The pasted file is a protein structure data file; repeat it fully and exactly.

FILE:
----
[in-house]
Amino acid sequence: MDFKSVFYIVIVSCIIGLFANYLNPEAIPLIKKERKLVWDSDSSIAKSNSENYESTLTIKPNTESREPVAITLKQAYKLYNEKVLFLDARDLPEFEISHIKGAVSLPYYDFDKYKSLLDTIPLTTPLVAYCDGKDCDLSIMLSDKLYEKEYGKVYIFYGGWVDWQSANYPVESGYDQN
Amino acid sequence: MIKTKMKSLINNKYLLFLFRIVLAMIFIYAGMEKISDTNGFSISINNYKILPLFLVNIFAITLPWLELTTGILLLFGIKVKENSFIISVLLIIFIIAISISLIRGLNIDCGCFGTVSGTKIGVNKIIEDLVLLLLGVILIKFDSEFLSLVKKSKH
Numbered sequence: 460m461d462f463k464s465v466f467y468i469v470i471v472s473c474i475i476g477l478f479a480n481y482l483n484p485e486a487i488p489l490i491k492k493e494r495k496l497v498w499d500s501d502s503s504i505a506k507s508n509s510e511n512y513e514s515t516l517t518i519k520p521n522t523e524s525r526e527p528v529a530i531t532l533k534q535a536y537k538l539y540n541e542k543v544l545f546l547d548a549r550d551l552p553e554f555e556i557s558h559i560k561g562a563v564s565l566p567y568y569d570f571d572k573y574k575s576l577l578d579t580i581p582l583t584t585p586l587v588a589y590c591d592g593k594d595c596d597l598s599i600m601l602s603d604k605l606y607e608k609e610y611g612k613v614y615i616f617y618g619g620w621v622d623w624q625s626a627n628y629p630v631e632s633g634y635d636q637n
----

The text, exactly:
[in-house]
Amino acid sequence: MDFKSVFYIVIVSCIIGLFANYLNPEAIPLIKKERKLVWDSDSSIAKSNSENYESTLTIKPNTESREPVAITLKQAYKLYNEKVLFLDARDLPEFEISHIKGAVSLPYYDFDKYKSLLDTIPLTTPLVAYCDGKDCDLSIMLSDKLYEKEYGKVYIFYGGWVDWQSANYPVESGYDQN
Amino acid sequence: MIKTKMKSLINNKYLLFLFRIVLAMIFIYAGMEKISDTNGFSISINNYKILPLFLVNIFAITLPWLELTTGILLLFGIKVKENSFIISVLLIIFIIAISISLIRGLNIDCGCFGTVSGTKIGVNKIIEDLVLLLLGVILIKFDSEFLSLVKKSKH
Numbered sequence: 460m461d462f463k464s465v466f467y468i469v470i471v472s473c474i475i476g477l478f479a480n481y482l483n484p485e486a487i488p489l490i491k492k493e494r495k496l497v498w499d500s501d502s503s504i505a506k507s508n509s510e511n512y513e514s515t516l517t518i519k520p521n522t523e524s525r526e527p528v529a530i531t532l533k534q535a536y537k538l539y540n541e542k543v544l545f546l547d548a549r550d551l552p553e554f555e556i557s558h559i560k561g562a563v564s565l566p567y568y569d570f571d572k573y574k575s576l577l578d579t580i581p582l583t584t585p586l587v588a589y590c591d592g593k594d595c596d597l598s599i600m601l602s603d604k605l606y607e608k609e610y611g612k613v614y615i616f617y618g619g620w621v622d623w624q625s626a627n628y629p630v631e632s633g634y635d636q637n